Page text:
4. Consumer Discretionary
Lennar (LEN) +6% – J. P. Morgan raised its share price target for Lennar by 23% to $141 a share after the homebuilder beat analysts’ quarterly sales and EPS forecasts and the dollar value of its backlog surged 56%.
MSCI Inc. (MSC) +5% – Oppenheimer upped its share price target for the global securities index publisher by $10 to $543 a share. Reuters reported MSCI is looking to launch indexes for cryptocurrency assets.
Top ETFs for the week
The following ETFs themes worked well: volatility, cloud computing, long-term treasuries, solar energy, and fintech. The top ETFs for the week include:
- iPath Series B S&P 500 VIX Short-Term Futures ETN (VXX) +13%
- WisdomTree Cloud Computing Fund (WCLD) +5%
- Vanguard Extended Duration Treasury Index Fund ETF Shares (EDV) +4%
- Invesco Solar ETF (TAN) +3%
- ARK Fintech Innovation ETF (ARKF) +3%
Top Fidelity Fund for the week
- Fidelity Select Disruptive Technology (FTEKX) +2.5%
Looking ahead to the week of June 21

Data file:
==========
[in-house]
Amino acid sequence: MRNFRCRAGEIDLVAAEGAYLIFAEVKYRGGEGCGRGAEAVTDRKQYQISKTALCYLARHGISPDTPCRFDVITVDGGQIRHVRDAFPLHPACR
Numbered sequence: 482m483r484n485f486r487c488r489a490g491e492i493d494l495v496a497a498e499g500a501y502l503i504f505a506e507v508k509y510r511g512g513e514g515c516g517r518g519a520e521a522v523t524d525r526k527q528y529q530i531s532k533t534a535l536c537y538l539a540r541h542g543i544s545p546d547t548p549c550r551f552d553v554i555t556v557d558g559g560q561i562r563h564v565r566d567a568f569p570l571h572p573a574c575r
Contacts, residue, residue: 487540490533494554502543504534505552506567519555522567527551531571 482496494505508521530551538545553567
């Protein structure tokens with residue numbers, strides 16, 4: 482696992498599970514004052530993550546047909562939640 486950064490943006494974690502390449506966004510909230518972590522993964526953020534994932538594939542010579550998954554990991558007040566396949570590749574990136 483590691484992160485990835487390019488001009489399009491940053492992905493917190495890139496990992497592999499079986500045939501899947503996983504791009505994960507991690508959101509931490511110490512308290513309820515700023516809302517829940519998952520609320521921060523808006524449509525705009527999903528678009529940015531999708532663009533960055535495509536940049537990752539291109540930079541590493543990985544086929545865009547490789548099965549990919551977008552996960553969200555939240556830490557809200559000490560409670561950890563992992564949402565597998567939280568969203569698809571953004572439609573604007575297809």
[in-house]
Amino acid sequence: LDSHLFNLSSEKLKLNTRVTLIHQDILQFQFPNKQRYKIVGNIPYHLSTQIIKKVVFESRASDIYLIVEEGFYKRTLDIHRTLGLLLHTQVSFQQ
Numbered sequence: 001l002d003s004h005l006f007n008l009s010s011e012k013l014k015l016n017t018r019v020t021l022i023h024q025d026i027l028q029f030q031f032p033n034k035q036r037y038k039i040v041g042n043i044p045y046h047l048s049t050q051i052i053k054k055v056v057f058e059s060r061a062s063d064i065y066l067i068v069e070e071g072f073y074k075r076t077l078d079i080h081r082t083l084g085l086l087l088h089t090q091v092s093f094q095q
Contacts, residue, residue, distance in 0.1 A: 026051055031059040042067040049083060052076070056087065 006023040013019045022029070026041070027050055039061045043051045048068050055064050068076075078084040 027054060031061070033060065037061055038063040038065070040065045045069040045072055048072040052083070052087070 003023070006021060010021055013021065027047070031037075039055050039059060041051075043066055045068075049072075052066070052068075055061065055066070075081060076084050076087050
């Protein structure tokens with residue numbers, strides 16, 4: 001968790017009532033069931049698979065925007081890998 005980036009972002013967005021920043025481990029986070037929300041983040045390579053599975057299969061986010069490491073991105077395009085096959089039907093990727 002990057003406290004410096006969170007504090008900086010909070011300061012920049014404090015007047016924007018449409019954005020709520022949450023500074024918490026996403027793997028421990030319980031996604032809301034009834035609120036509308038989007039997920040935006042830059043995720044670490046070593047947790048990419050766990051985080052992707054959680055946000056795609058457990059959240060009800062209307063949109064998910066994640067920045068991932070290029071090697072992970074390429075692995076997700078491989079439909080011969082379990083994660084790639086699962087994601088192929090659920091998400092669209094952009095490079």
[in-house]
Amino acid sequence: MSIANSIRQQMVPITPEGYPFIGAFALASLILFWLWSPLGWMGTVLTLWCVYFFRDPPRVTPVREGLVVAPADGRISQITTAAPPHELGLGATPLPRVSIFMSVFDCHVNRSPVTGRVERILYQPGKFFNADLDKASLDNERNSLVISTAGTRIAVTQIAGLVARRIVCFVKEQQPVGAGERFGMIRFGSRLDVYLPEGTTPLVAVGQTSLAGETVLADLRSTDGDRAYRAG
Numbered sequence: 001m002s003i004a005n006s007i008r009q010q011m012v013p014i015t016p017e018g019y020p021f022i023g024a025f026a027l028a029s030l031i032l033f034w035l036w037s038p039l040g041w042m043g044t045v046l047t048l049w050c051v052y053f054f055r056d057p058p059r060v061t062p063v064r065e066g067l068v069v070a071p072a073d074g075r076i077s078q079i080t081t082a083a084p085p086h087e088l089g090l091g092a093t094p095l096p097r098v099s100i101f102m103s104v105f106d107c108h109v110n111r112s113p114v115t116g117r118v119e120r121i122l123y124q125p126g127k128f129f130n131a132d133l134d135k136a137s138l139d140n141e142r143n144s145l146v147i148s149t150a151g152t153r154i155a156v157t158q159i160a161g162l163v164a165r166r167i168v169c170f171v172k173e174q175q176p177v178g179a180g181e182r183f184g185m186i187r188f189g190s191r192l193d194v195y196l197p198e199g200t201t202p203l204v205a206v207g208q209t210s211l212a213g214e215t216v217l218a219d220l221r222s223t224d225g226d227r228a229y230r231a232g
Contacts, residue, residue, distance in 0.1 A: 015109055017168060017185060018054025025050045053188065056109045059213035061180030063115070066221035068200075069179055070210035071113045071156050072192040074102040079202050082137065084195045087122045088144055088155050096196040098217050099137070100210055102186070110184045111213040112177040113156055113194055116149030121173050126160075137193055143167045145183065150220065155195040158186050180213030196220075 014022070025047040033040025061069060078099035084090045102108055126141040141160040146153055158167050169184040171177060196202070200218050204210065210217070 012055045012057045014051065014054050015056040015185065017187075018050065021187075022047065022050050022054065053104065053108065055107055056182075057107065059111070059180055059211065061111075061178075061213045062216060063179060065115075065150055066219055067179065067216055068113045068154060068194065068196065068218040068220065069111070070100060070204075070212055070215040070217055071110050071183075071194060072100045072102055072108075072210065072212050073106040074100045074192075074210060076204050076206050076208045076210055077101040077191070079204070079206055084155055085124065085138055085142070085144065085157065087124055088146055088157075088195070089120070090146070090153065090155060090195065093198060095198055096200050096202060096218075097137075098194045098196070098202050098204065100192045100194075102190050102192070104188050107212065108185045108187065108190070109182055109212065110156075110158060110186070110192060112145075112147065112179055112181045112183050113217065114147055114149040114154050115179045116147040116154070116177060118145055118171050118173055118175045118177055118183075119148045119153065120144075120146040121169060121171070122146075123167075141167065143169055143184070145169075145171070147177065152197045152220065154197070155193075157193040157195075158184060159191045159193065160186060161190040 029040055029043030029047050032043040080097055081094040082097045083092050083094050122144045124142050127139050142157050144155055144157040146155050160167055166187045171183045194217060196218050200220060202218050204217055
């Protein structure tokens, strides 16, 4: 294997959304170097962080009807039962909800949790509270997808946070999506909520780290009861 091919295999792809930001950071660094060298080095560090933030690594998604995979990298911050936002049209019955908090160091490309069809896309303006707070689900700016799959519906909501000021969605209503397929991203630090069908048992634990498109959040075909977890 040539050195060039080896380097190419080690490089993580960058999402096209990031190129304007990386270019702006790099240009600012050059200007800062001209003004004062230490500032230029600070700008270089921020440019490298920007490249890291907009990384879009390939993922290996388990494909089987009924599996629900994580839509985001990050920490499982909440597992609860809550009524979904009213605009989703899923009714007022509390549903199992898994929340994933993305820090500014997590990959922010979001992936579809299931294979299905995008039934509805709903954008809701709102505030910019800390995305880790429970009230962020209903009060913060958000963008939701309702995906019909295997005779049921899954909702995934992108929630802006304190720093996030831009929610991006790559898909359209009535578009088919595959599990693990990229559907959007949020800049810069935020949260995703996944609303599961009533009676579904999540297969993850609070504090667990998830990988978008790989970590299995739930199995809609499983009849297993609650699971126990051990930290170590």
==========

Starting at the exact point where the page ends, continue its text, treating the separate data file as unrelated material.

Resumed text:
Comments from the Fed on inflation and interest rates will dominate the market this week after the gyrations last week. Data on inflation and the housing market will also be in focus. Investors will look to gauge the economy from three high-profile earnings reports.
* The markets will receive plenty of inputs from Federal Reserve officials this week. On Tuesday, Chairman Powell speaks to the House Select Subcommittee about the coronavirus crisis policy response and the economy. This communication allows Powell to calm investors. Presidents of several Federal Reserve Districts will speak this week as well.
* The Commerce Department’s Bureau of Economic Analysis reports the personal consumption expenditures (PCE) inflation index for May on Friday. The PCE is the Fed’s preferred inflation measure.
* Housing data will also be of interest to investors. Last week, comments from the Federal Reserve caused the 30-year fixed mortgage rate to jump 0.23% to 3.26%, according to data from the Mortgage News Daily. Data on existing home sales and new home sales are due this week.
* In earnings news, investors will focus on reports from three bellwethers Accenture, FedEx, and Nike, to assess the health of IT services, manufacturing, and the consumer worldwide.